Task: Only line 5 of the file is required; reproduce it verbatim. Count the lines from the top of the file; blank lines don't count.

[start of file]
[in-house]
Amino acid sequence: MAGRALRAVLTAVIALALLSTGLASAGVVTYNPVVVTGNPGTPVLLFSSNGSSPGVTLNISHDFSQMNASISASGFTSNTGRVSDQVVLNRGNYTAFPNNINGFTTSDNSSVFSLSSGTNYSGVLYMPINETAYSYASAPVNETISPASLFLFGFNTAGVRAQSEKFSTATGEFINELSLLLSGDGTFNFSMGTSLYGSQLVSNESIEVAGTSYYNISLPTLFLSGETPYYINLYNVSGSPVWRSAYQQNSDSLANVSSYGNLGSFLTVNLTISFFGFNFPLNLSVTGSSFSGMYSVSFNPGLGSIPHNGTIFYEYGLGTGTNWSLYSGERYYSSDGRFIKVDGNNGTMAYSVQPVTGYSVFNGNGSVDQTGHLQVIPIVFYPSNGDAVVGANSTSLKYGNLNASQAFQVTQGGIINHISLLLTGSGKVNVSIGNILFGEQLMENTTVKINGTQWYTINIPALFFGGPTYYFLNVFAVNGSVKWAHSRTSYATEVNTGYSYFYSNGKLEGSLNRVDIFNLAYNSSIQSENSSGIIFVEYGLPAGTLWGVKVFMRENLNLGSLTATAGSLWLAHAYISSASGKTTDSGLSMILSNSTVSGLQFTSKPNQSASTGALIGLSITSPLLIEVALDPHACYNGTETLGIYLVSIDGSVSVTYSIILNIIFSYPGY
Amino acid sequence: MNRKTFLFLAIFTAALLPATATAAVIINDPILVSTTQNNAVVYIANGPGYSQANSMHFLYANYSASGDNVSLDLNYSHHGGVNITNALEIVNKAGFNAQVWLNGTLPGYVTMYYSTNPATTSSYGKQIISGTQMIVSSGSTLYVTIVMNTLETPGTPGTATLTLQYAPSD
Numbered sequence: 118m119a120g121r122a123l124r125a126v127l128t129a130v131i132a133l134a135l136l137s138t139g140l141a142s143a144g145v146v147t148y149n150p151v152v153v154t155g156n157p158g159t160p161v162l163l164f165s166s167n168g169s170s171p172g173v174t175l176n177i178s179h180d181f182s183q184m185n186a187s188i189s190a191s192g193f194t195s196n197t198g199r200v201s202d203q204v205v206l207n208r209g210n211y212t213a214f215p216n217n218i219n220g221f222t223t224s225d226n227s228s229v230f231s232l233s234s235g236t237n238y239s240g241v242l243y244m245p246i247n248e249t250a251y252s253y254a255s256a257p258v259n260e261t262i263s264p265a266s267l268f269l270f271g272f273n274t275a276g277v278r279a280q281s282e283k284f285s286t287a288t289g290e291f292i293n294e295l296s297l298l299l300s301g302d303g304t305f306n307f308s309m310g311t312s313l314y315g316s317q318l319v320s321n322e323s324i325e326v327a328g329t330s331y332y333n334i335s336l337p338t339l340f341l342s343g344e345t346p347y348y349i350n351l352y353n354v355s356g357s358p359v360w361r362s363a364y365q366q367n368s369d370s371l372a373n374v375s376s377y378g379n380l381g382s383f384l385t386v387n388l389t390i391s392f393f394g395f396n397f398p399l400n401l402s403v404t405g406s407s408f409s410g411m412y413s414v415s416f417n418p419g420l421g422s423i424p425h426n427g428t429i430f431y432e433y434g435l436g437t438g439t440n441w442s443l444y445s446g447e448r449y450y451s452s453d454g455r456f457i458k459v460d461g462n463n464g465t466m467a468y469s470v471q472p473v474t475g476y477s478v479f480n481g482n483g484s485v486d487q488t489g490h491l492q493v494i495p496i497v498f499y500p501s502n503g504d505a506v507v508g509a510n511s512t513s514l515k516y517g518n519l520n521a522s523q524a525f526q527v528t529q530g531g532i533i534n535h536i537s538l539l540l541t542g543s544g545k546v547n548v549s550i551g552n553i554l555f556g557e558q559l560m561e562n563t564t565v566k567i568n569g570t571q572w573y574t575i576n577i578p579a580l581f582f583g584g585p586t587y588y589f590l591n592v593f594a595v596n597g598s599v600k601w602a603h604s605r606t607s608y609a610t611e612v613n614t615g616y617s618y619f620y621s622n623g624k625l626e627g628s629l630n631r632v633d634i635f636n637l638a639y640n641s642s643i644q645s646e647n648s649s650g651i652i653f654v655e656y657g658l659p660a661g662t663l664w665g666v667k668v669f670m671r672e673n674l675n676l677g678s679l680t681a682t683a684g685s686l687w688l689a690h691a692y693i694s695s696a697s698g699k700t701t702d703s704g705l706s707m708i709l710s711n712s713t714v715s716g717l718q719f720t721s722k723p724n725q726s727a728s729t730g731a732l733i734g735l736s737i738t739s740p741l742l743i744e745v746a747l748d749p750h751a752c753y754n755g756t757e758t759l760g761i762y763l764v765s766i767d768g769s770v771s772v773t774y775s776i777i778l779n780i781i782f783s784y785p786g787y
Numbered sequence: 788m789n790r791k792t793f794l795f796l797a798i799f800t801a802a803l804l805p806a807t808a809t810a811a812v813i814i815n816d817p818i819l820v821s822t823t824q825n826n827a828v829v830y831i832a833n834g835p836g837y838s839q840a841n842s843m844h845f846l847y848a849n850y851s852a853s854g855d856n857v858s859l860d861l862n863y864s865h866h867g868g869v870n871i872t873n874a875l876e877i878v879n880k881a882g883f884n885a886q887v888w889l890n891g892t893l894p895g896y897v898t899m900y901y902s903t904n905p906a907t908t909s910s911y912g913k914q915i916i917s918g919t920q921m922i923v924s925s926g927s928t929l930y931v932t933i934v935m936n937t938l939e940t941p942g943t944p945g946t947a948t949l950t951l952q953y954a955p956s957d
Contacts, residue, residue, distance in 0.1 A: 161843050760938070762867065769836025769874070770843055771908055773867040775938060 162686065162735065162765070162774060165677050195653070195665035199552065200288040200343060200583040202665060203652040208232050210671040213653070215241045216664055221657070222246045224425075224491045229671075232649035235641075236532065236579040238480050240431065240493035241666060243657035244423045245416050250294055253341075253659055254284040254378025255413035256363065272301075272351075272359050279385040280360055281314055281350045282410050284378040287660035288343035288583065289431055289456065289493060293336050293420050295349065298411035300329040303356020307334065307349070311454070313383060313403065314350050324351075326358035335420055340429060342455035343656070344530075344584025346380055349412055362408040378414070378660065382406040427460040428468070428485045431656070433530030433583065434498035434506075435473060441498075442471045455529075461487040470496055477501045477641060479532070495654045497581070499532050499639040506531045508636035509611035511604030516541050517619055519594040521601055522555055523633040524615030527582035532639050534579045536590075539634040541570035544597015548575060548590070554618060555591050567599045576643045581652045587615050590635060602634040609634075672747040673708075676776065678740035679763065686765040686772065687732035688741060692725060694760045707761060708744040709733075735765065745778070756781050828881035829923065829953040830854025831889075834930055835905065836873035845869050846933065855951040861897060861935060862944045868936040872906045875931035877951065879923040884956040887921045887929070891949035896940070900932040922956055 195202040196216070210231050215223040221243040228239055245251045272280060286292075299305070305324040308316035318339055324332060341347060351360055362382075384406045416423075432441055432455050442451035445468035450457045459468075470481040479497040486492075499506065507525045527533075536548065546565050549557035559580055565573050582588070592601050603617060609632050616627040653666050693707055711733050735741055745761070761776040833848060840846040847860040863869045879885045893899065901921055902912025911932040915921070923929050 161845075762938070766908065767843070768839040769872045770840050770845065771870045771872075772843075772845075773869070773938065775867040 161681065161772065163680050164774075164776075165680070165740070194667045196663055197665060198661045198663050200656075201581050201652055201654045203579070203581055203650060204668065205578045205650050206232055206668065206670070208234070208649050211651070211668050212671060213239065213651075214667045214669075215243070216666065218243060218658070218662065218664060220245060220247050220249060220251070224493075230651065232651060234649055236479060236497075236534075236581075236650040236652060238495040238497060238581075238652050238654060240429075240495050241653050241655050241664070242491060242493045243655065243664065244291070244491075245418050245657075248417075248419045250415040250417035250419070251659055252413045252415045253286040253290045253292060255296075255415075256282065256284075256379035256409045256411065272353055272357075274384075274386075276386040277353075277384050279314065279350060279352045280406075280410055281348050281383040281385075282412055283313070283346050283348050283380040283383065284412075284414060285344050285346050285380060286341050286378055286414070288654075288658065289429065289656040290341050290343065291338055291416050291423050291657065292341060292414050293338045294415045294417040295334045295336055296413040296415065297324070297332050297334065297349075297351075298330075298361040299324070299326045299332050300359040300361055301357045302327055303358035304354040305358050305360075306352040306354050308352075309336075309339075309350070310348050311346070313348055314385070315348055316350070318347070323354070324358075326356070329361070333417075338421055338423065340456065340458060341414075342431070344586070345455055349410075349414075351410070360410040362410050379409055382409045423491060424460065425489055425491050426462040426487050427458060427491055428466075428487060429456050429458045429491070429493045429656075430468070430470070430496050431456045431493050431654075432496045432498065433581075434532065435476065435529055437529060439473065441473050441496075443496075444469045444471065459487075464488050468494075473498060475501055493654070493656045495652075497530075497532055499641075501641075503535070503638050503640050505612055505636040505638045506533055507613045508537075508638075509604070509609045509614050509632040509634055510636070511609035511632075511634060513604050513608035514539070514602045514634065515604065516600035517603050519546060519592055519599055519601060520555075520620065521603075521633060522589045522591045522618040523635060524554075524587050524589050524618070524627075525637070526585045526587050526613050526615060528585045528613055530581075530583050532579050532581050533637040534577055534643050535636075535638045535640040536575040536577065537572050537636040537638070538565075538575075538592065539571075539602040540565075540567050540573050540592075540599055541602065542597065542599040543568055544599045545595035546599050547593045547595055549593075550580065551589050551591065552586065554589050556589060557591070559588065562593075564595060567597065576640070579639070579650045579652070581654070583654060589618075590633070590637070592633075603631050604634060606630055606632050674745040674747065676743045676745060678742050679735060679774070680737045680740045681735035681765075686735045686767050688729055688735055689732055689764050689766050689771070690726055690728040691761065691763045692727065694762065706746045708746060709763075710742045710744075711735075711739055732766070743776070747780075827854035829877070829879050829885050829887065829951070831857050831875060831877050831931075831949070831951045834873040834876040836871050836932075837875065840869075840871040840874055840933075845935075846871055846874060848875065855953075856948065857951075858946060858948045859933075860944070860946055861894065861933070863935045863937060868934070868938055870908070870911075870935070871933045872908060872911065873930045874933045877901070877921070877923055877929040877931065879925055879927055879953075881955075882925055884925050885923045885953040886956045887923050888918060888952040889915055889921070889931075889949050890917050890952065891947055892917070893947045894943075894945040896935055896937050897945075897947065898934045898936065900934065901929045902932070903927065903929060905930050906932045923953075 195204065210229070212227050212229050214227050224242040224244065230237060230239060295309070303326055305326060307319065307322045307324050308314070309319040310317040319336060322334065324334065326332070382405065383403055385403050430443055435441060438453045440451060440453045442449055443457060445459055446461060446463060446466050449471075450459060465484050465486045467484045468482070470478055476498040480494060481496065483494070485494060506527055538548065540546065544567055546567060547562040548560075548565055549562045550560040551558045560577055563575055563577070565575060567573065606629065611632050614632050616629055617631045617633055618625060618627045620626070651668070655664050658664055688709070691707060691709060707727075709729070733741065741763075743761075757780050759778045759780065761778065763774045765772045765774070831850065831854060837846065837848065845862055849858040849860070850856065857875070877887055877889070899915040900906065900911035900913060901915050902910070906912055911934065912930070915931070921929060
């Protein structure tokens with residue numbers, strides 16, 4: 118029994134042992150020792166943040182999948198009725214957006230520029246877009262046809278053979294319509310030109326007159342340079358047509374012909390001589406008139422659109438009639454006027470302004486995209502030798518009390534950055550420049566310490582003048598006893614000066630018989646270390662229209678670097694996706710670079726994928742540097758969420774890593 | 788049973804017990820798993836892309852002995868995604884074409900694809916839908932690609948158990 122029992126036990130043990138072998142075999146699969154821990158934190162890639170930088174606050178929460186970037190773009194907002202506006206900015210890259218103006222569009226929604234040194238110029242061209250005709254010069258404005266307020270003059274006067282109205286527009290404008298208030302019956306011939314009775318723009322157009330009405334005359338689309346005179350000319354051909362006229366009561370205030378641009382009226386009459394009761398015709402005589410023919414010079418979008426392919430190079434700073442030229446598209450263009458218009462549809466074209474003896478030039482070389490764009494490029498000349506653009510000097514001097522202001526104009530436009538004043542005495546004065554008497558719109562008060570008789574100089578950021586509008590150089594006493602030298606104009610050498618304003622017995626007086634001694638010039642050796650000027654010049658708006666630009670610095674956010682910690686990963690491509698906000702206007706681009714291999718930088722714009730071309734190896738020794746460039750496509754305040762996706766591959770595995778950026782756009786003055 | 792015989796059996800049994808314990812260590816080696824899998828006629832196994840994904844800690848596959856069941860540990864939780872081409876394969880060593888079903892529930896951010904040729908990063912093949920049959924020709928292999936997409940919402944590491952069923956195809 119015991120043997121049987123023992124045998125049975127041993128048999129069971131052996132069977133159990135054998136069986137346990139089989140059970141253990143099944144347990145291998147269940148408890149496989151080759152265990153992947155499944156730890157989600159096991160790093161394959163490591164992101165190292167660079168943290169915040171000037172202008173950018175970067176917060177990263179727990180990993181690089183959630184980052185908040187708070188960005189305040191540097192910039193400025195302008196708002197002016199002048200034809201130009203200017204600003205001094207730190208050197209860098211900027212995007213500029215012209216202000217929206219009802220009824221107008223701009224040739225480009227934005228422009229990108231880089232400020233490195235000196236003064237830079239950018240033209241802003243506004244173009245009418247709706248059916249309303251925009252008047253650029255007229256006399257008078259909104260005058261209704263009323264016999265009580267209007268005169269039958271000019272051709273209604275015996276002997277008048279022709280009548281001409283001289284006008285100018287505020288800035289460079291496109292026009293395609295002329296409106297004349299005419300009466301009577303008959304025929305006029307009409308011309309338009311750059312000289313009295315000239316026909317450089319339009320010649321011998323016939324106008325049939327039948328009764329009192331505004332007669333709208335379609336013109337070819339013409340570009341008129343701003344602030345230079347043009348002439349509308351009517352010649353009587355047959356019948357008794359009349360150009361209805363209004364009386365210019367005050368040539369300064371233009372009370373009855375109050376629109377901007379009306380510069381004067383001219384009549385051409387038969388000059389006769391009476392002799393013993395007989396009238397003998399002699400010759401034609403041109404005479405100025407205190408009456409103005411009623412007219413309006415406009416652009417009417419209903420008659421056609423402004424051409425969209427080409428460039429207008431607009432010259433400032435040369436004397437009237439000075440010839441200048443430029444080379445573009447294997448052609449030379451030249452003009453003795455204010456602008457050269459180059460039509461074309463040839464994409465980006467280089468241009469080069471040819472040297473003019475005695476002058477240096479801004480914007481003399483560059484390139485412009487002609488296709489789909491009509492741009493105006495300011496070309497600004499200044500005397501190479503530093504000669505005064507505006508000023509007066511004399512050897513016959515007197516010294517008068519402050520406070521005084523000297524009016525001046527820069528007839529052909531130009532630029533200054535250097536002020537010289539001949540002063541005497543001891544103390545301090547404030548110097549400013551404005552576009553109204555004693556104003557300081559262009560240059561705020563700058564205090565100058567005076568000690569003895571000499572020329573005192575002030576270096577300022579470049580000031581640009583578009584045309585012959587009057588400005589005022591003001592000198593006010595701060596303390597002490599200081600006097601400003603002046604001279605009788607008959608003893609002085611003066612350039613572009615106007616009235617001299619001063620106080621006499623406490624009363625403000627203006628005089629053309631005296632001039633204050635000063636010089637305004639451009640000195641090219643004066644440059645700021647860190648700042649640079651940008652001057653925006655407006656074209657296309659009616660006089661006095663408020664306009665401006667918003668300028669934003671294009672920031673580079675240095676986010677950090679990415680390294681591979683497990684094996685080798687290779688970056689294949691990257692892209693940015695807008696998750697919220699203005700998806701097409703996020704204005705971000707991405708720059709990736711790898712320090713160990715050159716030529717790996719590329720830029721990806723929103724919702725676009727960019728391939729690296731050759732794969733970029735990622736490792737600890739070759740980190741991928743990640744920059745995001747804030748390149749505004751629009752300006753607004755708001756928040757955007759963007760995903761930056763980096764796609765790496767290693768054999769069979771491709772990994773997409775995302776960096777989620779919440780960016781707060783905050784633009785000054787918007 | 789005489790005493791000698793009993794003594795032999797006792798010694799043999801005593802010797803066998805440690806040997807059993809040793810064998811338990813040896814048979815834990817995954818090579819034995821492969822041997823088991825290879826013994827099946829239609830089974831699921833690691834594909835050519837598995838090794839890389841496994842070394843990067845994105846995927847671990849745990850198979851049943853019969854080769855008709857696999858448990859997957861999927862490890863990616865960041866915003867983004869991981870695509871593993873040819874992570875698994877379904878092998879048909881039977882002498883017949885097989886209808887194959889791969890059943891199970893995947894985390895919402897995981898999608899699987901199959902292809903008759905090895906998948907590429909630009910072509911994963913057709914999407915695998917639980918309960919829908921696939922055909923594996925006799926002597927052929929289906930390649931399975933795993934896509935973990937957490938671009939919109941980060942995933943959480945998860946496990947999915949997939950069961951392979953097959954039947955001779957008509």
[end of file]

Numbered sequence: 788m789n790r791k792t793f794l795f796l797a798i799f800t801a802a803l804l805p806a807t808a809t810a811a812v813i814i815n816d817p818i819l820v821s822t823t824q825n826n827a828v829v830y831i832a833n834g835p836g837y838s839q840a841n842s843m844h845f846l847y848a849n850y851s852a853s854g855d856n857v858s859l860d861l862n863y864s865h866h867g868g869v870n871i872t873n874a875l876e877i878v879n880k881a882g883f884n885a886q887v888w889l890n891g892t893l894p895g896y897v898t899m900y901y902s903t904n905p906a907t908t909s910s911y912g913k914q915i916i917s918g919t920q921m922i923v924s925s926g927s928t929l930y931v932t933i934v935m936n937t938l939e940t941p942g943t944p945g946t947a948t949l950t951l952q953y954a955p956s957d